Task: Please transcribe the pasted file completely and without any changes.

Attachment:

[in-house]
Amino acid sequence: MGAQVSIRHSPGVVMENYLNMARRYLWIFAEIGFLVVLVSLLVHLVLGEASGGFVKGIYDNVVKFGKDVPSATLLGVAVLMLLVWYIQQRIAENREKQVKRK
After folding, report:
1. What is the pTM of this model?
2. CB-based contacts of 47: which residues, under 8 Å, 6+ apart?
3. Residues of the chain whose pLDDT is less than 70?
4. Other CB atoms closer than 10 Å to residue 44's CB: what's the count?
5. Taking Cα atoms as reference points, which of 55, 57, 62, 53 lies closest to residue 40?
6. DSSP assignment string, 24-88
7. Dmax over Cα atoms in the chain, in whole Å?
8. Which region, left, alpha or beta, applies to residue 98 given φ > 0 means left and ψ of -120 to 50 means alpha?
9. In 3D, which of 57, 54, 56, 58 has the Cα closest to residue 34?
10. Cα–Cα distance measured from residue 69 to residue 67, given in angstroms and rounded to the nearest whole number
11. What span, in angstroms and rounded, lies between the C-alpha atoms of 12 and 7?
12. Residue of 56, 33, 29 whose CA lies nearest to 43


[in-house]
Amino acid sequence: MGAQVSIRHSPGVVMENYLNMARRYLWIFAEIGFLVVLVSLLVHLVLGEASGGFVKGIYDNVVKFGKDVPSATLLGVAVLMLLVWYIQQRIAENREKQVKRK
After folding, report:
1. What is the pTM of this model?
2. CB-based contacts of 47: which residues, under 8 Å, 6+ apart?
3. Residues of the chain whose pLDDT is less than 70?
4. Other CB atoms closer than 10 Å to residue 44's CB: what's the count?
5. Taking Cα atoms as reference points, which of 55, 57, 62, 53 lies closest to residue 40?
6. DSSP assignment string, 24-88
7. Dmax over Cα atoms in the chain, in whole Å?
8. Which region, left, alpha or beta, applies to residue 98 given φ > 0 means left and ψ of -120 to 50 means alpha?
9. In 3D, which of 57, 54, 56, 58 has the Cα closest to residue 34?
10. Cα–Cα distance measured from residue 69 to residue 67, given in angstroms and rounded to the nearest whole number
11. What span, in angstroms and rounded, lies between the C-alpha atoms of 12 and 7?
12. Residue of 56, 33, 29 whose CA lies nearest to 43